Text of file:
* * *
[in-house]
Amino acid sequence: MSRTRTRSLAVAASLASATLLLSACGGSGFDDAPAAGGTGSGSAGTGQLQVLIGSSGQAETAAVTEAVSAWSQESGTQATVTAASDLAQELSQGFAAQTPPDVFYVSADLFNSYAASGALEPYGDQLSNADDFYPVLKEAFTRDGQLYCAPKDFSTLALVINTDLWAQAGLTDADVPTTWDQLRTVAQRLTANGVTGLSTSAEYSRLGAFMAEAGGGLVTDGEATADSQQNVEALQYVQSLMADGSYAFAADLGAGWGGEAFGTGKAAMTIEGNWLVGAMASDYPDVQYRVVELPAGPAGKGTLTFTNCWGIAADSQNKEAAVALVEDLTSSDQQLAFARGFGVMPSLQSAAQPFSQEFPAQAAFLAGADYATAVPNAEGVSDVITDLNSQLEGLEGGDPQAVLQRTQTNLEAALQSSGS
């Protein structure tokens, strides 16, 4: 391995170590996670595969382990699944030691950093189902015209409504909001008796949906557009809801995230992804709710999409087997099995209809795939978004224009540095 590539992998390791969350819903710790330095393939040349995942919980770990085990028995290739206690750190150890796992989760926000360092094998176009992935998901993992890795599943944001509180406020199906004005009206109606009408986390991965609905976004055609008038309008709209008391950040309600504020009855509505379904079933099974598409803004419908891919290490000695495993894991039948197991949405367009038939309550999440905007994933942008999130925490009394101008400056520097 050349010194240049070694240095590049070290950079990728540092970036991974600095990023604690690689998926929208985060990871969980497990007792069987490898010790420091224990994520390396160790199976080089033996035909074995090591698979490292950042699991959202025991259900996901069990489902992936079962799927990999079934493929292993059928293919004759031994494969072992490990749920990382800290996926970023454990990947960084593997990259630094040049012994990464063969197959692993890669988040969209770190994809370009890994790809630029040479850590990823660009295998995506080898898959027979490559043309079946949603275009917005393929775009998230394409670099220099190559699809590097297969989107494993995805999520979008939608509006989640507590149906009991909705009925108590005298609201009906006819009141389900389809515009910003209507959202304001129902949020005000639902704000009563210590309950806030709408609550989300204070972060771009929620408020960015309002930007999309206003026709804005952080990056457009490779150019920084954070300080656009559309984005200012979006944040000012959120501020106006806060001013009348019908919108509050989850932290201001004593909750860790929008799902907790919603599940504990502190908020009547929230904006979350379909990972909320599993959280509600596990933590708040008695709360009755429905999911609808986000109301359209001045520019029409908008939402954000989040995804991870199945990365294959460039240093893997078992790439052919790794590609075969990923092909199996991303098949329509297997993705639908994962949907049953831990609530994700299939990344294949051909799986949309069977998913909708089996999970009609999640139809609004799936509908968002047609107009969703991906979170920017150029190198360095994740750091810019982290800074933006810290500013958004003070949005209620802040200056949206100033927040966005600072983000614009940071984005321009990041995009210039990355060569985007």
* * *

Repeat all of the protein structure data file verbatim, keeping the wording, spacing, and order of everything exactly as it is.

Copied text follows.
[in-house]
Amino acid sequence: MSRTRTRSLAVAASLASATLLLSACGGSGFDDAPAAGGTGSGSAGTGQLQVLIGSSGQAETAAVTEAVSAWSQESGTQATVTAASDLAQELSQGFAAQTPPDVFYVSADLFNSYAASGALEPYGDQLSNADDFYPVLKEAFTRDGQLYCAPKDFSTLALVINTDLWAQAGLTDADVPTTWDQLRTVAQRLTANGVTGLSTSAEYSRLGAFMAEAGGGLVTDGEATADSQQNVEALQYVQSLMADGSYAFAADLGAGWGGEAFGTGKAAMTIEGNWLVGAMASDYPDVQYRVVELPAGPAGKGTLTFTNCWGIAADSQNKEAAVALVEDLTSSDQQLAFARGFGVMPSLQSAAQPFSQEFPAQAAFLAGADYATAVPNAEGVSDVITDLNSQLEGLEGGDPQAVLQRTQTNLEAALQSSGS
């Protein structure tokens, strides 16, 4: 391995170590996670595969382990699944030691950093189902015209409504909001008796949906557009809801995230992804709710999409087997099995209809795939978004224009540095 590539992998390791969350819903710790330095393939040349995942919980770990085990028995290739206690750190150890796992989760926000360092094998176009992935998901993992890795599943944001509180406020199906004005009206109606009408986390991965609905976004055609008038309008709209008391950040309600504020009855509505379904079933099974598409803004419908891919290490000695495993894991039948197991949405367009038939309550999440905007994933942008999130925490009394101008400056520097 050349010194240049070694240095590049070290950079990728540092970036991974600095990023604690690689998926929208985060990871969980497990007792069987490898010790420091224990994520390396160790199976080089033996035909074995090591698979490292950042699991959202025991259900996901069990489902992936079962799927990999079934493929292993059928293919004759031994494969072992490990749920990382800290996926970023454990990947960084593997990259630094040049012994990464063969197959692993890669988040969209770190994809370009890994790809630029040479850590990823660009295998995506080898898959027979490559043309079946949603275009917005393929775009998230394409670099220099190559699809590097297969989107494993995805999520979008939608509006989640507590149906009991909705009925108590005298609201009906006819009141389900389809515009910003209507959202304001129902949020005000639902704000009563210590309950806030709408609550989300204070972060771009929620408020960015309002930007999309206003026709804005952080990056457009490779150019920084954070300080656009559309984005200012979006944040000012959120501020106006806060001013009348019908919108509050989850932290201001004593909750860790929008799902907790919603599940504990502190908020009547929230904006979350379909990972909320599993959280509600596990933590708040008695709360009755429905999911609808986000109301359209001045520019029409908008939402954000989040995804991870199945990365294959460039240093893997078992790439052919790794590609075969990923092909199996991303098949329509297997993705639908994962949907049953831990609530994700299939990344294949051909799986949309069977998913909708089996999970009609999640139809609004799936509908968002047609107009969703991906979170920017150029190198360095994740750091810019982290800074933006810290500013958004003070949005209620802040200056949206100033927040966005600072983000614009940071984005321009990041995009210039990355060569985007």